President Donald Trump was still appearing a little dismissive earlier today when he discussed the possibility of addressing gun laws in the future following the massacre in Las Vegas. Although his supporters were quick to say it was a “write off” and he would never enact gun control, Trump’s history before his campaign shows him to be not quite as friendly to gun owners as some may hope.
Trump merely said he will be “talking about gun control as time goes by,” but that’s hardly comforting to gun owners who know his history on the second amendment, and it isn’t all flags and patriotism as would believe. More likely than not, some gun control laws will be written at the state level in places that are massive democrat strongholds, like California, New Jersey, or New York. But the possibility of more federal laws now looms over our heads too.
Back in 2000, Trump laid out his views on gun control. In a page-long explanation of his stance on guns in his book The America We Deserve, Trump assessed the differences between the two main political parties’ gun policies. He called what he said was the Democratic party‘s desire to “confiscate” guns “a dumb idea” and said Republicans “refuse even limited restrictions,” noting that they “walk the NRA line.” Instead, he cast his stance as something of a middle ground. “I generally oppose gun control, but I support the ban on assault weapons and I also support a slightly longer waiting period to purchase a gun,” he wrote. And if that isn’t evidenced enough, Trump also agreed with Barack Obama, one of the most anti-gun presidents in modern history, after the shooting at Sandy Hook Elementary school in Newtown, Connecticut.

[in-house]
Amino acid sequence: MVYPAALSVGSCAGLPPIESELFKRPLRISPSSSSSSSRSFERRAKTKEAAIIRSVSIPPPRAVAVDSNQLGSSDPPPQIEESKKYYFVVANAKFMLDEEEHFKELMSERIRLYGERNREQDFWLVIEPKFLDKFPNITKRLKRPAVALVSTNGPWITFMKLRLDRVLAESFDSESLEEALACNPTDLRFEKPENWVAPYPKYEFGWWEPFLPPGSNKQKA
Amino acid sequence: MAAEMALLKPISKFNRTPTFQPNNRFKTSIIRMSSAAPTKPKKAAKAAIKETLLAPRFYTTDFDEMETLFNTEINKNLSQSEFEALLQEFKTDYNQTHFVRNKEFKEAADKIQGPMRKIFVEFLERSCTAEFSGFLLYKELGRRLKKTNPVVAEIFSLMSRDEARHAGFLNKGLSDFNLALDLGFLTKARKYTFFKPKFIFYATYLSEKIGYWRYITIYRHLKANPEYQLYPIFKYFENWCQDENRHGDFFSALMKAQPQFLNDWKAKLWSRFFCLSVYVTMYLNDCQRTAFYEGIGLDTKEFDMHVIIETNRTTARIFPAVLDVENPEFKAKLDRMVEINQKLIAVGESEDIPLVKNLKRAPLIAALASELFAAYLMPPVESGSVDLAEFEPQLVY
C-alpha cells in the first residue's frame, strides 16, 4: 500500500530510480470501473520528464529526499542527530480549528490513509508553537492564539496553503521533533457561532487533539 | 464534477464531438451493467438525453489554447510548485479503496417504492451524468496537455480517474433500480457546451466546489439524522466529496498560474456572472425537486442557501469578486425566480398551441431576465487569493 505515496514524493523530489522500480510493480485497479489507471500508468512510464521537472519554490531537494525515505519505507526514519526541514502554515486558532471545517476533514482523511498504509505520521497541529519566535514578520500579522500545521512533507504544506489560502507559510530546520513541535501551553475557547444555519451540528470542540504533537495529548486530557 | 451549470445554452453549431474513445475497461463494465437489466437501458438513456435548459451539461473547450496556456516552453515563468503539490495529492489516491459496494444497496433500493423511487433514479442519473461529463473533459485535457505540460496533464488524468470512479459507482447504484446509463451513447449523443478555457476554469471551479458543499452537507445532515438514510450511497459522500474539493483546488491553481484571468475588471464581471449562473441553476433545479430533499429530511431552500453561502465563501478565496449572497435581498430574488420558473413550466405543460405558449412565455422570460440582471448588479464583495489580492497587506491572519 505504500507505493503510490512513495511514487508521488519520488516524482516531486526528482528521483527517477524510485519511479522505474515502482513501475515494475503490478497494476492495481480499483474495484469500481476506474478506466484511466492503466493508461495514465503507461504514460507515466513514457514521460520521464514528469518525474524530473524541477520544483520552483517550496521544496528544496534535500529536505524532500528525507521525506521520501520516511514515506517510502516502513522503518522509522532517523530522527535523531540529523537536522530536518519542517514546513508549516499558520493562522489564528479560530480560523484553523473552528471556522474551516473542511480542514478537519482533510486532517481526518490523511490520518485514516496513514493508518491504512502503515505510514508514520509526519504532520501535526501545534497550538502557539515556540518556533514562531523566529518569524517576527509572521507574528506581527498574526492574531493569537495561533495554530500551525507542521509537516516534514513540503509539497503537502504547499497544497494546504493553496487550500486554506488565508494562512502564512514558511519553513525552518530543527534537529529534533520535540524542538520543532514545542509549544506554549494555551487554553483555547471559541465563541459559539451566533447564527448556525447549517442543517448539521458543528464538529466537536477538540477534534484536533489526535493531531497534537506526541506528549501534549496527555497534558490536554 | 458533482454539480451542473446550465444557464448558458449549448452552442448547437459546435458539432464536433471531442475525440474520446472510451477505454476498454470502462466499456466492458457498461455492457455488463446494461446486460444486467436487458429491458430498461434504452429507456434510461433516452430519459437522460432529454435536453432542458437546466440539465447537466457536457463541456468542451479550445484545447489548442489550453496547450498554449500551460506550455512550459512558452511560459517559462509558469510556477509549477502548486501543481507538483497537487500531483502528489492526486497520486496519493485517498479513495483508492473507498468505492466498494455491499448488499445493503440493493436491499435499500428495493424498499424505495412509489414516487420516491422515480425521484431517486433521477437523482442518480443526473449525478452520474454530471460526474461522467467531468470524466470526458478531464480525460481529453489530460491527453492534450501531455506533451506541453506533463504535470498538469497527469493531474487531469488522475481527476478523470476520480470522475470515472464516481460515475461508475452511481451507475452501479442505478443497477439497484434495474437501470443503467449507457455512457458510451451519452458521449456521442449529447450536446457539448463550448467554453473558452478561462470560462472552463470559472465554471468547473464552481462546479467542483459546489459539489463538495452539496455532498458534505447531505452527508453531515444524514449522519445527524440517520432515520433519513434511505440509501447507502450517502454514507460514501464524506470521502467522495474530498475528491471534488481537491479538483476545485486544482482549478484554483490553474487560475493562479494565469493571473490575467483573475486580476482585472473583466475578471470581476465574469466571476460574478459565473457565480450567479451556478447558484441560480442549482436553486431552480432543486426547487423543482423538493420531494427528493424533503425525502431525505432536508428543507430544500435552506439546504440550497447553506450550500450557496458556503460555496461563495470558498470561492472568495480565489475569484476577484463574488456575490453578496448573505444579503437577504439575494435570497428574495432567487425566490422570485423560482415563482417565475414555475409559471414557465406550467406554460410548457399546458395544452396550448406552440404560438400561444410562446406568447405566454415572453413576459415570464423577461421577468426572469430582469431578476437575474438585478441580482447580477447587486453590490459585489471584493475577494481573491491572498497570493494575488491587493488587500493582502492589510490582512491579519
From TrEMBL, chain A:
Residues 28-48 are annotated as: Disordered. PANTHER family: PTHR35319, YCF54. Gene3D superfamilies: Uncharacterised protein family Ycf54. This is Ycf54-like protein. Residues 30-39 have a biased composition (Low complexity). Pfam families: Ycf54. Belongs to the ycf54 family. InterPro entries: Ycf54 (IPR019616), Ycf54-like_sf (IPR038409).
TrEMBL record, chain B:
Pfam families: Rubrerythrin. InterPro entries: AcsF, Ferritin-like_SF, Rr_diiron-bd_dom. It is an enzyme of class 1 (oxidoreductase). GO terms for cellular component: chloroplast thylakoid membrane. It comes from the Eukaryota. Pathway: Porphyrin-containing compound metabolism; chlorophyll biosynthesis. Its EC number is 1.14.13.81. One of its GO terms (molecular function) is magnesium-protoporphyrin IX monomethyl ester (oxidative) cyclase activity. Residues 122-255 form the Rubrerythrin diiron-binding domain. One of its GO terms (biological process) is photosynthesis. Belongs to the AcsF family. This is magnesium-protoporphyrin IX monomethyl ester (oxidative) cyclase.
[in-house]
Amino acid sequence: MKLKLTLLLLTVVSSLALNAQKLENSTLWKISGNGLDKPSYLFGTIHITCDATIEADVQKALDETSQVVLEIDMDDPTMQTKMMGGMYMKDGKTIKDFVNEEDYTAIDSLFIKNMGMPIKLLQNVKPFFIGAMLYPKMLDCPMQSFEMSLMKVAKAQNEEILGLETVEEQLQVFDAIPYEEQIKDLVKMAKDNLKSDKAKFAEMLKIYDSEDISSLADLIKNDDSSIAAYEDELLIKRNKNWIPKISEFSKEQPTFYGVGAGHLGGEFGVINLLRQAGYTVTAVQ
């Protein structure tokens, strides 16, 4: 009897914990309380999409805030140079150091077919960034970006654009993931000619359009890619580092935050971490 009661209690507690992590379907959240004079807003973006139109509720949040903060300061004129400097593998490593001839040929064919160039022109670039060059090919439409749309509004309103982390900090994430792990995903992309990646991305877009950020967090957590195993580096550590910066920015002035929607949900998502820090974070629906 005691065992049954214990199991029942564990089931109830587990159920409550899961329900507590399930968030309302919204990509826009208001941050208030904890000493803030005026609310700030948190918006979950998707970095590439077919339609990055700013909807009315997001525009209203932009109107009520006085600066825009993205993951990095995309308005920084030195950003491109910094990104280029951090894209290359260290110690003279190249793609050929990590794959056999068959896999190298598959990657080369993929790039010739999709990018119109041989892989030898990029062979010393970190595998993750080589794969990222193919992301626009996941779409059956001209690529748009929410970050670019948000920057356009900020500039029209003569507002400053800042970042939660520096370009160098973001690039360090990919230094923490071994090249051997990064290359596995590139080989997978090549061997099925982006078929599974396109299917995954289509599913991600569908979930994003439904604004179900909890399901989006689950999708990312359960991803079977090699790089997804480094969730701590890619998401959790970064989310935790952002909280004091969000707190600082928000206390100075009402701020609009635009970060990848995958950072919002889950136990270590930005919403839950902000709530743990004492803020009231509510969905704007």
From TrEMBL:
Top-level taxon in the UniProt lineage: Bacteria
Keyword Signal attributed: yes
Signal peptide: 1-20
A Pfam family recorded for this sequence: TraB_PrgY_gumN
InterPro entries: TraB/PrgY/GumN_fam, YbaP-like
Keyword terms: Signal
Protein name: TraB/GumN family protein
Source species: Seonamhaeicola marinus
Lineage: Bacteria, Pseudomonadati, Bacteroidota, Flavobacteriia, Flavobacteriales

He then made it clear that he wanted to get rid of gun-free zones, but maybe he just hasn’t had the time. We can give him the benefit of the doubt on this one, right? “My first day, it [gun-free zone ban] gets signed, OK? My first day. There’s no more gun-free zones,” he said in January of 2016.
To be fair, after his election, Donald Trump did roll back an Obama-era regulation that required “mental illness” social security checks on people “unable to handle their finances.” Had this rule officially taken full effect, the Obama administration anticipated that 75,000 would be added to list of those who would lose their gun rights.
Dismissing Trump’s statements outright is simply for those who don’t know what his stance on guns was BEFORE he campaigned for the presidency and how wishy-washy he can be on the issue. Those who do know, are not being so calm about his comments. Of course, there’s no real reason to be up in arms (no pun intended) just yet, because nothing has been proposed, but it isn’t hard to see it popping up, and soon.
That isn’t to say that gun control will get passed and become law. Barack Obama failed to do anything even remotely meaningful when it came to new regulations, and some Republicans won’t be swayed. But it is important to remember Donald Trump’s history on the issue and how he’s changed sides. It’s hard to say which side he’s on now that he is president and it’s difficult to assess what exactly he meant when saying the US will be “talking about gun control.”